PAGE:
My boyfriend, Michael bought me a matching pair of hand blown recycled glass coffee mugs Tuesday in response to the pleading look in my eyes. It was an early birthday present. Place them with my rather extensive collection of other assorted coffee mugs and tea cups that I had been curating for years. I realized that, yes, I have more coffee mugs than plates, bowls and drinking glasses combined. You never know, if the entire city of Atlanta decided to stop by for tea, I need to be prepared.
For those that do not understand why someone would have 30+ assorted coffee mugs stuffed in every kitchen cabinet of my one bedroom apartment, realize that drinking coffee throughout the day is a purely emotional experience. And just like a girl cannot own too many dresses, you cannot be satisfied with a “one coffee mug for every occasion” lifestyle. Eventually you just get bored.
Let me give you guilt free permission to buy one more set of coffee mugs. It’s perfectly worth it.
Hundreds of office workers remain trapped on floors two through fifteen after four shafts elevators caved in. Two days after the freak accident, rescuers have resorted to cutting a new elevator shaft through the middle of the high-rise building in order to construct a temporary elevator. Firefighters hope the makeshift elevator will be able to descend each white-collared worker down to the safety of the lobby floor.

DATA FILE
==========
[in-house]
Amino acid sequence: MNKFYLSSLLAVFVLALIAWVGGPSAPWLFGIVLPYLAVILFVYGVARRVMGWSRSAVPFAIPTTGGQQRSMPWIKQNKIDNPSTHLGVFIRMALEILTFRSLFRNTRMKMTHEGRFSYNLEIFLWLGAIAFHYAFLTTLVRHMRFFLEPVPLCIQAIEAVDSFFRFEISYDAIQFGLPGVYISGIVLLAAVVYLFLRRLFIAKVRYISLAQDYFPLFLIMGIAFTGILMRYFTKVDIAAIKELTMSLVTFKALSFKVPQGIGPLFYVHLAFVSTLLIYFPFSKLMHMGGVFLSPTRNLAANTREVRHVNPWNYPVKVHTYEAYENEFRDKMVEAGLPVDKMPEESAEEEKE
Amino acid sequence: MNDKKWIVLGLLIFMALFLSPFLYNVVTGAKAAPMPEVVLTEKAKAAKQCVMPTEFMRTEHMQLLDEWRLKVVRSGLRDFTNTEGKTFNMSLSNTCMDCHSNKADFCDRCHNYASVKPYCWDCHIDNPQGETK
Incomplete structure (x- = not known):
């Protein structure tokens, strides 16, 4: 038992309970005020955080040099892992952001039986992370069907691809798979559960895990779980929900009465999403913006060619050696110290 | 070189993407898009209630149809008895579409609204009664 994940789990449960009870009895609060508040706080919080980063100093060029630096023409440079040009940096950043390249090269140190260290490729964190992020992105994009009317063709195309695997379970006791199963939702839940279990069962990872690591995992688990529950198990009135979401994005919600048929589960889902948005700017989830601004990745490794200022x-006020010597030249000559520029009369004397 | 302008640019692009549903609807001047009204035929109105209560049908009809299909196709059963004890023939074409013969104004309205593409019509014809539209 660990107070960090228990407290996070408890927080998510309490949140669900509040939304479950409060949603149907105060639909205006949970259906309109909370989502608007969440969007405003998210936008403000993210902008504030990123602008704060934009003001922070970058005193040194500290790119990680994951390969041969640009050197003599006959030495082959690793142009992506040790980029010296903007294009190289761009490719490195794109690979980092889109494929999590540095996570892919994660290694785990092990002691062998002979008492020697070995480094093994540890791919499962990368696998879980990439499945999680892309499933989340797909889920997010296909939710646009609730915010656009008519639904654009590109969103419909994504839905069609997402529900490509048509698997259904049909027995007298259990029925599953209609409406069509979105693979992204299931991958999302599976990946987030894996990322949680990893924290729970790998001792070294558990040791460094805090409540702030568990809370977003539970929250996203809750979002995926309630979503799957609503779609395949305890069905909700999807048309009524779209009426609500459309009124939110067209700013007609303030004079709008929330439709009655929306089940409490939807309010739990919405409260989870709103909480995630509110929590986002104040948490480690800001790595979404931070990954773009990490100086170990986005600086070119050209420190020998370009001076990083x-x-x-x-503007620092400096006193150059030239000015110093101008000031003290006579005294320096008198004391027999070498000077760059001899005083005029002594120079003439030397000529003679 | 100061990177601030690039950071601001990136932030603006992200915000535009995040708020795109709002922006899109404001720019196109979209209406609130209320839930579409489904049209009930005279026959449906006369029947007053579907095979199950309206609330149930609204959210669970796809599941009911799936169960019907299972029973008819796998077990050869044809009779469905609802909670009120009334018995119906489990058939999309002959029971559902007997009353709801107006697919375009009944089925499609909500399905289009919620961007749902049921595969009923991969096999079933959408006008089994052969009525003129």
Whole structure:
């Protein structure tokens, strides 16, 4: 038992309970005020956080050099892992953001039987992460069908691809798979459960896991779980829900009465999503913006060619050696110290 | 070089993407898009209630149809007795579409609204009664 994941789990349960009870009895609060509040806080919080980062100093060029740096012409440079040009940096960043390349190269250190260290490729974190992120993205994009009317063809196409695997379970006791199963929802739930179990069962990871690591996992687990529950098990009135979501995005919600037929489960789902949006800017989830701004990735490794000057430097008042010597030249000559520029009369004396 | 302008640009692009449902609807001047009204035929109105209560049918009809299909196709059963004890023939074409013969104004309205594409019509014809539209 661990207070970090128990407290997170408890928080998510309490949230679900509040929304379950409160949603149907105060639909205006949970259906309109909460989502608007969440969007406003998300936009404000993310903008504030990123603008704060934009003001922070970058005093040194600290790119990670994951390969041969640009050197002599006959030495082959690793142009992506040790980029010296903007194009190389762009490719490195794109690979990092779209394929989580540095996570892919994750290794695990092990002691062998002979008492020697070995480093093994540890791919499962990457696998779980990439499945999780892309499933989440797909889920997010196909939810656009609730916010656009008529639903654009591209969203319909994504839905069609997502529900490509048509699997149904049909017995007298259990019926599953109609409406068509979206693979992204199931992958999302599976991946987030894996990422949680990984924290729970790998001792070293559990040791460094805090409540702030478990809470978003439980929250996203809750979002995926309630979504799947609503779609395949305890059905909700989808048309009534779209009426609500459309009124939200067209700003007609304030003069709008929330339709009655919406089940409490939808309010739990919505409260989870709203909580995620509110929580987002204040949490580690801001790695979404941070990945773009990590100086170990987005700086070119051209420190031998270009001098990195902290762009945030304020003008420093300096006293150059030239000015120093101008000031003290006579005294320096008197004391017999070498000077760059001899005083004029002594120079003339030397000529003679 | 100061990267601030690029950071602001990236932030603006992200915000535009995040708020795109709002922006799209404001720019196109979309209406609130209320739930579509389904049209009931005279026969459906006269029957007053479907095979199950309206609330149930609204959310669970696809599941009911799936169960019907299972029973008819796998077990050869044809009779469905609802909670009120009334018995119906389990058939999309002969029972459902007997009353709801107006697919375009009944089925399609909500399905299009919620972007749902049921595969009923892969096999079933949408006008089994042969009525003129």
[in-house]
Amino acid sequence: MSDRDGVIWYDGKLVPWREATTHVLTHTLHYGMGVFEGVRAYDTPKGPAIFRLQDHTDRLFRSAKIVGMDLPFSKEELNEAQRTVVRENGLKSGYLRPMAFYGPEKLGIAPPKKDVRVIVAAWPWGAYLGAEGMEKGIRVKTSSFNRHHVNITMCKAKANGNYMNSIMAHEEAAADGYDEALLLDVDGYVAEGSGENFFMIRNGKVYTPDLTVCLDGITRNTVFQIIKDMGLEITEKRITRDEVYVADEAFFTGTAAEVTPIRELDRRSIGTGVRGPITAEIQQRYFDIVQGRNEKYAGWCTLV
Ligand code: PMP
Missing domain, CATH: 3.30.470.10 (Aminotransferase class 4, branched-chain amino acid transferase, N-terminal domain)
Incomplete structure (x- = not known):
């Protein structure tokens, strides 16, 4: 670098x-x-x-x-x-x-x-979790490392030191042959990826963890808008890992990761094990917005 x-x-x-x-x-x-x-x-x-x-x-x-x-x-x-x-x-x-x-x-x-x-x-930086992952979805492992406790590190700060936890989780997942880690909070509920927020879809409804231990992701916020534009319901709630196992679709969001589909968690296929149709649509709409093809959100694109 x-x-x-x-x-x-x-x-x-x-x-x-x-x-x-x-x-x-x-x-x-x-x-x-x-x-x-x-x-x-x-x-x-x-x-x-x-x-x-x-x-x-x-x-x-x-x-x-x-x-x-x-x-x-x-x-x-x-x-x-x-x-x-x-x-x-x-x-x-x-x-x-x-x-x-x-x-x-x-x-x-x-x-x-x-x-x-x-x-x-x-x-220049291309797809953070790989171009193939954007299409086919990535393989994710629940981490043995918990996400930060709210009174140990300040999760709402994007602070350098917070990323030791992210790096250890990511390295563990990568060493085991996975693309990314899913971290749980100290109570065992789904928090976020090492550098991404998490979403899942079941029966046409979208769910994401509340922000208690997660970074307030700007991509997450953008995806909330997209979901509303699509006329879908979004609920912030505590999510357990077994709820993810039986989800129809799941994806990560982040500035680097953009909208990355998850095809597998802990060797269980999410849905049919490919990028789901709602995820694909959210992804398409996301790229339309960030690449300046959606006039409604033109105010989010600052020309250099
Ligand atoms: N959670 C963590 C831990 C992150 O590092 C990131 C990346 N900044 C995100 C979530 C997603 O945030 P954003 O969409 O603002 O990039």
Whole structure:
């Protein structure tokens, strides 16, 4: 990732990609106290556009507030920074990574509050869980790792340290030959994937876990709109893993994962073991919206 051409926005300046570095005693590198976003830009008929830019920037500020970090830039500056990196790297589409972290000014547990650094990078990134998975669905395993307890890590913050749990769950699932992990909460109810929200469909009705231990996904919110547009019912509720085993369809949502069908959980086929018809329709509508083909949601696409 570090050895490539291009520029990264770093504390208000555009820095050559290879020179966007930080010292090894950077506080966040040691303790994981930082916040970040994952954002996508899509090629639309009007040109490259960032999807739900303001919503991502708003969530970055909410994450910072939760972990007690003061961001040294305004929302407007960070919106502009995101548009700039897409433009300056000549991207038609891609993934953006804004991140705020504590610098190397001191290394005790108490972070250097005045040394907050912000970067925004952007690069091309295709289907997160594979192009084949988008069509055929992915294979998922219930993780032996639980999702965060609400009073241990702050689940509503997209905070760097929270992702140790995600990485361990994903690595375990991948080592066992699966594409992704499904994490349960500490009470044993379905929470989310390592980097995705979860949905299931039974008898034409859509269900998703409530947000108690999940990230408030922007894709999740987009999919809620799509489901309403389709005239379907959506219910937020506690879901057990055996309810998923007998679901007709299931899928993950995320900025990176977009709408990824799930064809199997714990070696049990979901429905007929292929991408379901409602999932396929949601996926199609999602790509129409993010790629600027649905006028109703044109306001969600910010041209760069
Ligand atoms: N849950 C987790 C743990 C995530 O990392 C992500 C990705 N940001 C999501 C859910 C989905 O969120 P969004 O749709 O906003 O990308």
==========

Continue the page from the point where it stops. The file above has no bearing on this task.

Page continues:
Albert Eisenhower Fire Chief received the call late Monday afternoon reporting a massive elevator caved in downtown Atlanta under the increasing weight of its cargo. Soon after rescuers arrived on the scene, they realized that the stranded office workers were unwilling or unable to walk down the open emergency stairway.
This morning, emergency personnel have resorted to desperate measures and began the task of cutting a new elevator shaft through the office building to allow the workers above a way out.
At the same time, rescuers are sending food and supplies up the broken shaft by tying inner office envelopes to canaries and flying them to the above levels.
Reports show that the stranded workers have survived so far on snacks from their floor vending machines and filtered water fountains. The workers are also rationing packets of Folgers coffee to keep awake through night watches.
Earlier rescue attempts include using life sized paper airplanes to glide the office workers safely to the ground or loading survivors onto large pieces of cardboard and sliding them down the ten or so flights of stairs. There were even talks of shutting off the power and water in order to coax hungry workers down the emergency stairway.
So far all attempts have been unsuccessful.
Despite the situation, the overall moral of trapped workers seem high. Vine videos show the workers spinning in office chairs along with Instagram pictures of their favorite cups of coffee.
One office worker tweeted: “I always knew this day might come. Every morning when those elevators closed to take me up to the seventh floor, I wondered if I would ever see the lobby floor again?”
As rescuers cut the new elevator shaft, firefighters have also resorted to carrying workers on the lower stories down the perfectly usable stairway.
“We don’t have the manpower to carry every sorry paper-pusher down the stairs,” says Eisenhower. “Sooner we get this new shaft built, the sooner our boys can go home.”